I met my partners, Edmond and Vicky, when I first joined Lululemon, where there’s a huge emphasis on vision and goals. We found we all shared the same vision of creating a space for the community to come together. So we did it! Part of the studio’s name comes from the fact we’re all from Lululemon but our ethos is all about community and trying to create a successful space. We like the phrase ‘when life gives you lemons, make lemonade’, which means be optimistic and have a can-do attitude in the face of adversity. That’s why our motto is #squeezeajuicylife. No matter if your goal is getting a good body or achieving a big dream, you must work hard and break a sweat for it.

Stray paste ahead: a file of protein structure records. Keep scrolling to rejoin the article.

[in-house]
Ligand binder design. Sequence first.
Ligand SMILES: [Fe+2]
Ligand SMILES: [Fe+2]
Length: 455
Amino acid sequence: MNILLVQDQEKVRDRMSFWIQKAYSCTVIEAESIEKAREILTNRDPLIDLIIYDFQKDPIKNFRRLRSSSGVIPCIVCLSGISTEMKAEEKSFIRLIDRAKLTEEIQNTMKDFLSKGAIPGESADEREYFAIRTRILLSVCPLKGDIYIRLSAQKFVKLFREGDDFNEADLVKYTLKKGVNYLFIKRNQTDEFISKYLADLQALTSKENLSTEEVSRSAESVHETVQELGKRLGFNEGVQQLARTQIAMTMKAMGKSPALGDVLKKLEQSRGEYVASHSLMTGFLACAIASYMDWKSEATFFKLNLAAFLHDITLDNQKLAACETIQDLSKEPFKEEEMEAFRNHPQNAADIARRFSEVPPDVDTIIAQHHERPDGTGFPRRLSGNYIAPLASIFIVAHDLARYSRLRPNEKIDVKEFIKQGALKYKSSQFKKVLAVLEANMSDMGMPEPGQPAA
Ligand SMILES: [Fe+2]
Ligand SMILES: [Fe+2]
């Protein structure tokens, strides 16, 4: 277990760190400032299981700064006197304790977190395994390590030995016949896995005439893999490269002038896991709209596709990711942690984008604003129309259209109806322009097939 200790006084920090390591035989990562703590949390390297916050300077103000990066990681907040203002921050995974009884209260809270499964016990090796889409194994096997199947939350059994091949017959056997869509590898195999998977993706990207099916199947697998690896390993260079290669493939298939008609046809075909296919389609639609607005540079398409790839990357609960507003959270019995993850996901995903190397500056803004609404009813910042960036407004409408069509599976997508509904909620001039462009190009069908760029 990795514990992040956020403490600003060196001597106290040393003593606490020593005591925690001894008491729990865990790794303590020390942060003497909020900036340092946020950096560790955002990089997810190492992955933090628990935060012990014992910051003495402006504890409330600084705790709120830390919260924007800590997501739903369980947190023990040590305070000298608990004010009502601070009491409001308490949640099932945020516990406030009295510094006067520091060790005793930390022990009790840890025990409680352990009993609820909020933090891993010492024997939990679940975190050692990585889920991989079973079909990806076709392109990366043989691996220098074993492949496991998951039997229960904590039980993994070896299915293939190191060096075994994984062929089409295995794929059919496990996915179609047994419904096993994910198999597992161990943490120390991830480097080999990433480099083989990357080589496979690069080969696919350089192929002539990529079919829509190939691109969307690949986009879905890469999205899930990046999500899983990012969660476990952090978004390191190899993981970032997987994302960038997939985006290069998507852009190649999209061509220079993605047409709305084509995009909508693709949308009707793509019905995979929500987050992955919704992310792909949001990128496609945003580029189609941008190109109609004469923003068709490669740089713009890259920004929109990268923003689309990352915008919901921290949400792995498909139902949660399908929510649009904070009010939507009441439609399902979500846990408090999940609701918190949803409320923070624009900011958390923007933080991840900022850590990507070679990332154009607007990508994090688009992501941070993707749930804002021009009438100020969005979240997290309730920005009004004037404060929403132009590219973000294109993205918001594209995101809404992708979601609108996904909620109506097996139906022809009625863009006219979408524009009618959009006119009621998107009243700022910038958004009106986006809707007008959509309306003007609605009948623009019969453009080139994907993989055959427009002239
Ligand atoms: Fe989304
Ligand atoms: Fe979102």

What’s your background?
I was once an assistant group revenue manager in a hotel group before I switched my job to Lululemon. I finished my yoga teacher training while I was working in the hotel. But during that time I started to develop an interest in health and fitness along my yoga journey and decided I would like to work on something related to what I’m passionate about. I was inspired by a speech that movie star Denzel Washington once made when he encouraged university graduates to ‘fall forward’. That speech lit a fire in me. So I decided to completely change my career. Now I’ve been with Lululemon for two years and have met many inspiring people. And now I have a yoga studio too!

How hard was it to get the studio off the ground?